There was a time when Olympic competition meant that the best amateur athletes would compete against each other.
Amateur athletes would compete solely for the love of the game and were not marred by things like money (money being what distinguishes amateurs from professionals).
But this illusion that Olympic athletes were unpaid amateurs has been wiped away for the most part ever since the 1992 Dream Team. Now Olympic advertising is heavy and accepted -- so long as you make money for an Olympic sponsor and not your own. But this policy is now being pushed with athletes seeking to sell their own skin with tattoo advertising.
Nick Symmonds is not a household name. He competes in an unglamorous competition (the 800-meter run) in a sport that people only watch once every four years (track and field). Symmonds probably has trained all his life to compete in the Olympics, but his earning potential is far from what other athletes like Kevin Durant or Michael Phelps can make.
So Symmonds decided to take matters into his own hands (or shoulders), and has auctioned off his body parts for tattoo advertising, reports USA TODAY. For $11,000, a small time Milwaukee ad firm bought the rights to Symmonds' shoulder and agreed to place a temporary tattoo on Symmonds to advertise for the company.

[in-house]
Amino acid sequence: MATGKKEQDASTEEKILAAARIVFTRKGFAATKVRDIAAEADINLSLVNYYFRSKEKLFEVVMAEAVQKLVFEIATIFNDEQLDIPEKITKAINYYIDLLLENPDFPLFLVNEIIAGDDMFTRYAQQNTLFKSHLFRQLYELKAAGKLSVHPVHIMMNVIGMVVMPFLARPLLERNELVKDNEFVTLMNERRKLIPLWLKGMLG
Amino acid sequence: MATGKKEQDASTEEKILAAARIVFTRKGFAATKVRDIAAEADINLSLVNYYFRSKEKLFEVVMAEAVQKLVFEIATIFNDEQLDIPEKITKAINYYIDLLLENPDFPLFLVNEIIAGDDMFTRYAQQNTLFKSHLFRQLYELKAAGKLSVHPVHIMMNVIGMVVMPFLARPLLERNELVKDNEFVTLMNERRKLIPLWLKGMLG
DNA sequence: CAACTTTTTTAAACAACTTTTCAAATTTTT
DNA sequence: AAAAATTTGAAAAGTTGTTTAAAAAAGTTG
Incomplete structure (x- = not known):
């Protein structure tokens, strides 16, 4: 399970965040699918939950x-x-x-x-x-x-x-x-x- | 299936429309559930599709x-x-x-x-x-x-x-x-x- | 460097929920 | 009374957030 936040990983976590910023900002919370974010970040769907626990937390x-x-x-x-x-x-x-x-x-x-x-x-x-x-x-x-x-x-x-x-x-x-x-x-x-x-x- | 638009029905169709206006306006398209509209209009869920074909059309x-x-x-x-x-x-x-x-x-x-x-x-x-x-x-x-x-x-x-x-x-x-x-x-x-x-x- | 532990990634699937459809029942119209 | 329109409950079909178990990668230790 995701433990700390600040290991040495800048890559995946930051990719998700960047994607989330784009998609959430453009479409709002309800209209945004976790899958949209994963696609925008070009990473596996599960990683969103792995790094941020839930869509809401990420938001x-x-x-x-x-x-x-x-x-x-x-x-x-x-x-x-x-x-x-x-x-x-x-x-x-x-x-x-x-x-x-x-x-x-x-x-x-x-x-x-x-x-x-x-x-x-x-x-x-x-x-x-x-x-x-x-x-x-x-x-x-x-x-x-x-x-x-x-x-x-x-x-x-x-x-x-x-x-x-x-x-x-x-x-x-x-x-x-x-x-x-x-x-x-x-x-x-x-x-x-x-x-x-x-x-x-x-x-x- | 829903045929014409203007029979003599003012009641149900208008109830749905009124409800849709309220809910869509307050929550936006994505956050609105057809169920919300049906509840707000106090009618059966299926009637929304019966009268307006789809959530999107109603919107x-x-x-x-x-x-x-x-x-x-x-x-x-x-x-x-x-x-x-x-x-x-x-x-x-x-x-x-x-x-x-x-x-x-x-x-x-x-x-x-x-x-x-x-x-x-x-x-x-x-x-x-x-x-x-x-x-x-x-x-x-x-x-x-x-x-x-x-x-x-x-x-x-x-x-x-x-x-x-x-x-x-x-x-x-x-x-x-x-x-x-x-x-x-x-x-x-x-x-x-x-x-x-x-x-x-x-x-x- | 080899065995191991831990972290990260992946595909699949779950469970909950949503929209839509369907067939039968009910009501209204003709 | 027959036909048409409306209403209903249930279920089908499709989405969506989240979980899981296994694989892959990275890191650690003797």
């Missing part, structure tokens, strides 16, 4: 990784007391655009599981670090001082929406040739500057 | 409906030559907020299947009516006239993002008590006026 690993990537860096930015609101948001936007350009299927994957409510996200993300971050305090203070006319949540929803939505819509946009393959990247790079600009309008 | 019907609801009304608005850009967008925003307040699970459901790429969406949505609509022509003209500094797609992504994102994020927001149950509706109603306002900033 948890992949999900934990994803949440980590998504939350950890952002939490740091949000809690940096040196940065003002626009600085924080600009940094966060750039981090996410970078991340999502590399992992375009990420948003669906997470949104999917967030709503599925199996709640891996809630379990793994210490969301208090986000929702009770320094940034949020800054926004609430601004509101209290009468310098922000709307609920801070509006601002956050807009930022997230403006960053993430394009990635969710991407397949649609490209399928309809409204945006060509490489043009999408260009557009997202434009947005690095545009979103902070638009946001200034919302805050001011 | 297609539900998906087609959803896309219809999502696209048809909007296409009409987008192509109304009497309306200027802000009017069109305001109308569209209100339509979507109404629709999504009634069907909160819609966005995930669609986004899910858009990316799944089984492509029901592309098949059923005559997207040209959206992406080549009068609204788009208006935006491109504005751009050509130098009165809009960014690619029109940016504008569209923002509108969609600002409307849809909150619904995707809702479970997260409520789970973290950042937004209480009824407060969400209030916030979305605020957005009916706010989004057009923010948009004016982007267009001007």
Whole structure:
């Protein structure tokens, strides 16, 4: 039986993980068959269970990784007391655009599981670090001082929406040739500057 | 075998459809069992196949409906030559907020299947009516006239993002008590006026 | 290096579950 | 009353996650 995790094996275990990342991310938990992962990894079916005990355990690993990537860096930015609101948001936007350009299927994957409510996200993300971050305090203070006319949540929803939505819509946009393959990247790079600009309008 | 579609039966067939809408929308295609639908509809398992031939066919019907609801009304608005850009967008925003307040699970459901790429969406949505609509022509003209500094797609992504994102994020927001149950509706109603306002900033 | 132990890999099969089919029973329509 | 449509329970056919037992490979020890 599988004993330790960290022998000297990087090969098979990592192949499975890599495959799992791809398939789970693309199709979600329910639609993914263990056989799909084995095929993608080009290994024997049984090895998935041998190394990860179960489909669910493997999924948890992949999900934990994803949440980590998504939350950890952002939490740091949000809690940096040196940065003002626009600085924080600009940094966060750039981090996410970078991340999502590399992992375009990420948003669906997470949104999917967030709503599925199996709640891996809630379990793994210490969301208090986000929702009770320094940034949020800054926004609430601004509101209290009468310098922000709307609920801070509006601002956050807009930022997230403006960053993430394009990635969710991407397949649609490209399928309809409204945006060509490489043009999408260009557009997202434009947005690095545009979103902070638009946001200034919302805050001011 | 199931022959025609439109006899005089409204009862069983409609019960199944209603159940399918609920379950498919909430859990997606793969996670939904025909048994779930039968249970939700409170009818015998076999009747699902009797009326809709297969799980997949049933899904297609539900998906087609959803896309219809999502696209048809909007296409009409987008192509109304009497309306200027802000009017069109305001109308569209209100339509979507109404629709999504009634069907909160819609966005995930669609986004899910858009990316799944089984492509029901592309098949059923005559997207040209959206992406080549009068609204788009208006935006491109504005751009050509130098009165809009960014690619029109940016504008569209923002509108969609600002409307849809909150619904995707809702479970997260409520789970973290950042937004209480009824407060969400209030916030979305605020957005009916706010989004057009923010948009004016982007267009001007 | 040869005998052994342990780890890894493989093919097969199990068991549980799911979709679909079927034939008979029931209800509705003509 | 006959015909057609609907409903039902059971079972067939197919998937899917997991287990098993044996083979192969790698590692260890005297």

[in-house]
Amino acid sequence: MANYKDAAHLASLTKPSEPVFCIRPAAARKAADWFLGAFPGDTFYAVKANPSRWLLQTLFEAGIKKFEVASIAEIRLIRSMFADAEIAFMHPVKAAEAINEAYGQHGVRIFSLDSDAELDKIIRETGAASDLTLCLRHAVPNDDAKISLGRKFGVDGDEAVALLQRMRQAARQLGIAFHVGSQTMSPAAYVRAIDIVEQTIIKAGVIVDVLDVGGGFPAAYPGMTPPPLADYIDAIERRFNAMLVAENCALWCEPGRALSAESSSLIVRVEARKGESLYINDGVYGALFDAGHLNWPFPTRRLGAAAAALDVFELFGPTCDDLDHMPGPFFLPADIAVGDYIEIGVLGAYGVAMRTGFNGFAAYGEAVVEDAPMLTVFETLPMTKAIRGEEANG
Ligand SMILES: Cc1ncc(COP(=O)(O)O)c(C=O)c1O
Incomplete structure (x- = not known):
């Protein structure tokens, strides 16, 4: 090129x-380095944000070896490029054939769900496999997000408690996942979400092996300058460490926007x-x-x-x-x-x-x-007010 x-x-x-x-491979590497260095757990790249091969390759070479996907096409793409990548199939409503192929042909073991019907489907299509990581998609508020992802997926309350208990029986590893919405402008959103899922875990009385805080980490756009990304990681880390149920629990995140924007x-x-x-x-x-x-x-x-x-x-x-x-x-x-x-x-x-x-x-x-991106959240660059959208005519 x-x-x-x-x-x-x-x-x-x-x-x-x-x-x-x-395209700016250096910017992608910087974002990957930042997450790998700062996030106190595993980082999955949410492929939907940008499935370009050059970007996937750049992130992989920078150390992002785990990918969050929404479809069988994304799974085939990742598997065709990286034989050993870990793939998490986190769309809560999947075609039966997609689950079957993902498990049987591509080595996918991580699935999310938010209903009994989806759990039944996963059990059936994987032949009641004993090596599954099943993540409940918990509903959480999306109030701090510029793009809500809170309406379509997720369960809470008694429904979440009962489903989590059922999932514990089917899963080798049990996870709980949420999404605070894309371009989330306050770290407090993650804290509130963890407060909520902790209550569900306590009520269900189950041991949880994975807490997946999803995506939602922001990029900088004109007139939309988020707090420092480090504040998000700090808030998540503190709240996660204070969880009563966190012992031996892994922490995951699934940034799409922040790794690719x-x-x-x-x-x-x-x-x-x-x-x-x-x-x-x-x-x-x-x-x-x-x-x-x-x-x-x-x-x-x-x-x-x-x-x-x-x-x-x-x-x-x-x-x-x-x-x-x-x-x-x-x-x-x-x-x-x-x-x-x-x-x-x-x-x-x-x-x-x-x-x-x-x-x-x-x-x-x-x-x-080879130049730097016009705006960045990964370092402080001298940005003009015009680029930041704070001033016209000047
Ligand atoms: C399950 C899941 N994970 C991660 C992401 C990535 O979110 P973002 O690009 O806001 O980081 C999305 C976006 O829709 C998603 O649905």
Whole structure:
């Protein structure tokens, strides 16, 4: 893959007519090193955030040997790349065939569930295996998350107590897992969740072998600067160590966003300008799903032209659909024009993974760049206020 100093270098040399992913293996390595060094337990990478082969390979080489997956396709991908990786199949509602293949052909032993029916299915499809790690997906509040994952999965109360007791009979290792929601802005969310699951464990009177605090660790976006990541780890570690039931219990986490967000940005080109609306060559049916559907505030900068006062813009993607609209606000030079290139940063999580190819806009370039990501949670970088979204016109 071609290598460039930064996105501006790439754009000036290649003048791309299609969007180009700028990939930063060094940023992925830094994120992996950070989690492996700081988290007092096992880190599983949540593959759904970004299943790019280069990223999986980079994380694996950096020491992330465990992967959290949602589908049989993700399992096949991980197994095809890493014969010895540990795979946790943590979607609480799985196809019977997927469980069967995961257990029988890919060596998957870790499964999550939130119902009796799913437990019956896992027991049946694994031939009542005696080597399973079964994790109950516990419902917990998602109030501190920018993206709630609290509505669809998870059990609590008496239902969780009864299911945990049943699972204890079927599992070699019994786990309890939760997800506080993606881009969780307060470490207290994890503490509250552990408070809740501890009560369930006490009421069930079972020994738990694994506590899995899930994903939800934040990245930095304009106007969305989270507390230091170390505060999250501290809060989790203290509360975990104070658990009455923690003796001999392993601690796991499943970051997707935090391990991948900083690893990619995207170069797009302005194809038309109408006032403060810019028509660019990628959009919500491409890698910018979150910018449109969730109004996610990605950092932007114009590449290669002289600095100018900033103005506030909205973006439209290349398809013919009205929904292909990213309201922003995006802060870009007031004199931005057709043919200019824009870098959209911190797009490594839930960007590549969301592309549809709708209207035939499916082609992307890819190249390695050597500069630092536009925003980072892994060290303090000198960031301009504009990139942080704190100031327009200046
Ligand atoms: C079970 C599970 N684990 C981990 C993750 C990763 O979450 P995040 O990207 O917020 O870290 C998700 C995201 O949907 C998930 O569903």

While this may seem like wise business for the track and field athlete, this selling of body parts goes directly against Olympic policy. While athletes are allowed to use social media and Twitter, athletes will be forbidden from using these tools for commercial and advertising purposes. Additionally, during the Olympic games, athletes are forbidden from appearing in ads that do not involve official Olympic advertisers, reports USA TODAY. It's probably safe to assume that the Milwaukee ad firm is not an Olympic sponsor.
The argument may be couched as who owns Nick Symmonds' body. This likely won't be an argument as Symmonds clearly owns the right to put tattoo advertising on his body. However, if Symmonds wants to participate in a voluntary event (no one is forcing him to go to the Olympics), he may have to succumb to the Olympic advertising rules.
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